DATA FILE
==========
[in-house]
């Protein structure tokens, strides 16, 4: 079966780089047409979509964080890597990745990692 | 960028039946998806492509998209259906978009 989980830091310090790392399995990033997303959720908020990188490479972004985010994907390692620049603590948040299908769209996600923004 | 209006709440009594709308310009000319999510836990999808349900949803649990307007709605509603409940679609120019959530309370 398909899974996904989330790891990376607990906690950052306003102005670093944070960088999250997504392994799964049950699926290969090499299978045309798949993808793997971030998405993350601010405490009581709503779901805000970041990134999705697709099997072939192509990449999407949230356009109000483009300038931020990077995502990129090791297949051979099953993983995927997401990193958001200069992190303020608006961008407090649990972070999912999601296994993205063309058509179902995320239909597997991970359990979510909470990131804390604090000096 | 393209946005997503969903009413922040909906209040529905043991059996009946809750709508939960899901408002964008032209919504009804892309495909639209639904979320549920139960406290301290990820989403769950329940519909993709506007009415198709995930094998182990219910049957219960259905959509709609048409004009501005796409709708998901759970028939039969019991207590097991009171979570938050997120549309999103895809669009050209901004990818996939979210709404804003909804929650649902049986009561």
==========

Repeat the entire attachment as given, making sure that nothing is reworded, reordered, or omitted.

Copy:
[in-house]
């Protein structure tokens, strides 16, 4: 079966780089047409979509964080890597990745990692 | 960028039946998806492509998209259906978009 989980830091310090790392399995990033997303959720908020990188490479972004985010994907390692620049603590948040299908769209996600923004 | 209006709440009594709308310009000319999510836990999808349900949803649990307007709605509603409940679609120019959530309370 398909899974996904989330790891990376607990906690950052306003102005670093944070960088999250997504392994799964049950699926290969090499299978045309798949993808793997971030998405993350601010405490009581709503779901805000970041990134999705697709099997072939192509990449999407949230356009109000483009300038931020990077995502990129090791297949051979099953993983995927997401990193958001200069992190303020608006961008407090649990972070999912999601296994993205063309058509179902995320239909597997991970359990979510909470990131804390604090000096 | 393209946005997503969903009413922040909906209040529905043991059996009946809750709508939960899901408002964008032209919504009804892309495909639209639904979320549920139960406290301290990820989403769950329940519909993709506007009415198709995930094998182990219910049957219960259905959509709609048409004009501005796409709708998901759970028939039969019991207590097991009171979570938050997120549309999103895809669009050209901004990818996939979210709404804003909804929650649902049986009561």